I've been running at a fast pace for the past few days, so I'm going to add a few posts here to catch up.

Day 3 of the DevDays event in the Netherlands was a success. I delivered a session on "Open XML Solution Building With Word and Excel Services". Huge thanks to Zeyad Rajabi for pulling together some of the server-side demos I showed.

Among the 10 or so demos I showed I showed people how to connect to a datasource and start pumping data into a document. For example, what about connecting to a database and producing a Word document through Open XML? It's a common scenario, and there are lots of blog entries out there that show how to do this. Well, here's another one!

A common developer task to produce Word documents based on data in a database. I'm going to show you how to pump data into a table in Word with some formatting.

By following these steps you will be able to:

1. Create a new project for your Open XML Solution

2. Add the proper references

3. Connect to a database (in this case SQL Azure!)

4. Loop through LINQ query results

5. Add a new table to the document with columns and rows

6. Test the application

All mistakes herein, if any, are my own. Please alert me to potential errors.

Set Up The VS Project & Debug

Before creating this solution, make sure you have installed the Open XML SDK 2.0. Also, make sure you have access to the AdventureWorks database. You can still install this database from here: http://sqlserversamples.codeplex.com/wikipage?title=SQLServerDatabasesandSamplesOverview.

In Visual Studio, create a new C# console application project called WordDBMerge

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Add references to:

· DocumentFormat.OpenXML

· WindowsBase

Right click References in Solution Explorer and select Add Reference.

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In the Add Reference dialog box choose the two components for DocumentFormat.OpenXML and WindowsBase. Then, press

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Add a LINQ To SQL class by right-clicking the project in Solution Explorer. Choose Add New Item from the context menu. In the resulting dialog box, add a LINQ to SQL class named AdventureWorks.dbml.

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Visual Studio will display the designer for your LINQ to SQL class. From the Server Explorer drag the following tables to the designer surface:

· Contact

· Employee

· Sales Territory

· Sales Person

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The designer will display your tables. You can close the designer after adding the tables.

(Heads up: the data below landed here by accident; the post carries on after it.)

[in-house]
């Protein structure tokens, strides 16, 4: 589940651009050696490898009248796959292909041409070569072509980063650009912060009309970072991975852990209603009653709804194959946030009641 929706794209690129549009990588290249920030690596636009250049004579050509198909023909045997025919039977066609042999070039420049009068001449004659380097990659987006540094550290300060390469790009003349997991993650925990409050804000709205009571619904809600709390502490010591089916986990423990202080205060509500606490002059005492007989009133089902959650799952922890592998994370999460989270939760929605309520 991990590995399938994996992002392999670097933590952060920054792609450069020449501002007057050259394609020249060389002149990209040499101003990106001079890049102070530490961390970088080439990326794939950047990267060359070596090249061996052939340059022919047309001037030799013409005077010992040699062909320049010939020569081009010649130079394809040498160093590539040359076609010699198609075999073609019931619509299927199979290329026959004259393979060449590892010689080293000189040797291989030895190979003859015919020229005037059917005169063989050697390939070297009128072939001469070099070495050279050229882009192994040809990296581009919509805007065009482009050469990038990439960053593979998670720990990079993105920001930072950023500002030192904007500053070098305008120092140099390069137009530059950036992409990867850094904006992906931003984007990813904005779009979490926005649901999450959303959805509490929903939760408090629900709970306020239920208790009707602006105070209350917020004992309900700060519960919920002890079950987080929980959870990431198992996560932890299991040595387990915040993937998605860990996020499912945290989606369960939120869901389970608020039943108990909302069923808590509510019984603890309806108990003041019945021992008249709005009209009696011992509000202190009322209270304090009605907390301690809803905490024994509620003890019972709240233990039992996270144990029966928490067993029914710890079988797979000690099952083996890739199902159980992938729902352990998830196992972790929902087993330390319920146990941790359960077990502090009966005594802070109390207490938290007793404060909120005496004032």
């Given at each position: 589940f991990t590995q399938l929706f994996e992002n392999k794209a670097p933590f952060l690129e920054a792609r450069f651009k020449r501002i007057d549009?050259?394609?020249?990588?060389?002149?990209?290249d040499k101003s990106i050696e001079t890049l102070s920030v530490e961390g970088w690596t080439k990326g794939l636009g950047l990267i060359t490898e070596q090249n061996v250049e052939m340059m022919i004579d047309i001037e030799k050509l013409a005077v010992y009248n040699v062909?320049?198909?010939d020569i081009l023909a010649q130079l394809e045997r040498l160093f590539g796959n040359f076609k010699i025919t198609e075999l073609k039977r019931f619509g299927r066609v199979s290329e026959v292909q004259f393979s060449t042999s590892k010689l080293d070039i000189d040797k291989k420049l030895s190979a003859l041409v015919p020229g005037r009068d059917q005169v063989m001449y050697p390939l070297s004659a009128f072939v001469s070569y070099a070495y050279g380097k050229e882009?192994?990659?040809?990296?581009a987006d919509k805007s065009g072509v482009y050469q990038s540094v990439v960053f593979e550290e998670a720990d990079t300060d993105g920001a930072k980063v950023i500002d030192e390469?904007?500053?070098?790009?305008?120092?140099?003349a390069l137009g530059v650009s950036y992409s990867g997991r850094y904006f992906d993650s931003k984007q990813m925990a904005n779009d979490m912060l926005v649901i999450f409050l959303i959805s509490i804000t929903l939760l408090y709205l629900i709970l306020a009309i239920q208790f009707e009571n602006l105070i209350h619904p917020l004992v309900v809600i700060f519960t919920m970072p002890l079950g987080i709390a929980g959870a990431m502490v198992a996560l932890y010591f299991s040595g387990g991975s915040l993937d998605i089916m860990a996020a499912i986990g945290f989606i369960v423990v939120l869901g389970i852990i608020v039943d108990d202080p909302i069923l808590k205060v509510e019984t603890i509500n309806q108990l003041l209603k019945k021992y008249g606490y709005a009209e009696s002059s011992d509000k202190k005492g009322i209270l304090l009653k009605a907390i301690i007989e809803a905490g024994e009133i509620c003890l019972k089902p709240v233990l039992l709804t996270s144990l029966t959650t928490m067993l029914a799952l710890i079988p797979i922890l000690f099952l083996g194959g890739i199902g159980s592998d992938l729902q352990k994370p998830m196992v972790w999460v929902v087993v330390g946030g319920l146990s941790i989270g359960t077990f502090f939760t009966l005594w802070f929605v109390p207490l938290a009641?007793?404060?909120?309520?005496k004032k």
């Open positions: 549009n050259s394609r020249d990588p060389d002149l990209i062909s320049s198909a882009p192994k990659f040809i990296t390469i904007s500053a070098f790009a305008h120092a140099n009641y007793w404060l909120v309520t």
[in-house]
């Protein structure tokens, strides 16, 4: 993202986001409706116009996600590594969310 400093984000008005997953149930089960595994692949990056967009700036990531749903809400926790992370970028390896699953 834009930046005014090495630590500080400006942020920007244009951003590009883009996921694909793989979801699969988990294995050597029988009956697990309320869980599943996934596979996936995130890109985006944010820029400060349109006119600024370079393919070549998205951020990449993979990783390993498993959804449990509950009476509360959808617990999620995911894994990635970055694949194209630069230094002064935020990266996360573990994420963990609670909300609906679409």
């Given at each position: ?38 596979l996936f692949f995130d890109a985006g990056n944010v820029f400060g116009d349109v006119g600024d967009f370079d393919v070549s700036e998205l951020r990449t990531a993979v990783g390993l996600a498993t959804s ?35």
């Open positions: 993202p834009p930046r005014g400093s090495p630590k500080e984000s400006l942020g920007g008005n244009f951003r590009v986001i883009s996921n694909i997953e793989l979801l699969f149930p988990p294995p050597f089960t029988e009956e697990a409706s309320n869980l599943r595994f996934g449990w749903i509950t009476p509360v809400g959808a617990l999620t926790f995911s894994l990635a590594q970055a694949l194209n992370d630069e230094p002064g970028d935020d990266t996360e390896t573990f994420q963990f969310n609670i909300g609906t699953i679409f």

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Add a class by right-clicking the project in Solution Explorer. Choose Add New Item from the context menu. In the resulting dialog box, add a class named SimpleWord.cs.

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Make sure your using statements include a reference to Open XML.

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In your custom class add a procedure that kicks off the doc gen process by creating a new Open XML package.

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Every Open XML file has a main document part. You'll add a new one of these to the newly created Open XML document. The code also calls another method to the main work of adding content from the database to a table. This procedure is GenerateMainDocumentPart2Content.

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Add the code from this file to your class to fill out the GenerateMainDocumentPart2Content method.

File

Add the code from this file to your class to fill out the GenerateContent method.

File

Add the code from this file to your class to fill out the AddTable method.

File

Now, open the Program.cs file and add the following two lines of code to the class constructor.

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Press F5 to debug the project.

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Look in the Debug folder for your project and open the output.docx file.

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Now, you can alter the code in the GenerateContent procedure to alter the formatting, add new columns etc.

Resources

· Brian Jones & Zeyad Rajabi's blog: http://blogs.msdn.com/brian_jones/

· Eric White's blog: http://blogs.msdn.com/ericwhite/

· Open XML Web Site: www.openxmldeveloper.org

· Open XML on MSDN: http://msdn.microsoft.com/en-us/office/bb265236.aspx

Here's a vide of two people I meet at the show in the Netherlands. They are both very smart and very nice!

Mirjam and Marianne at the Netherlands DevDays 2010


Rock On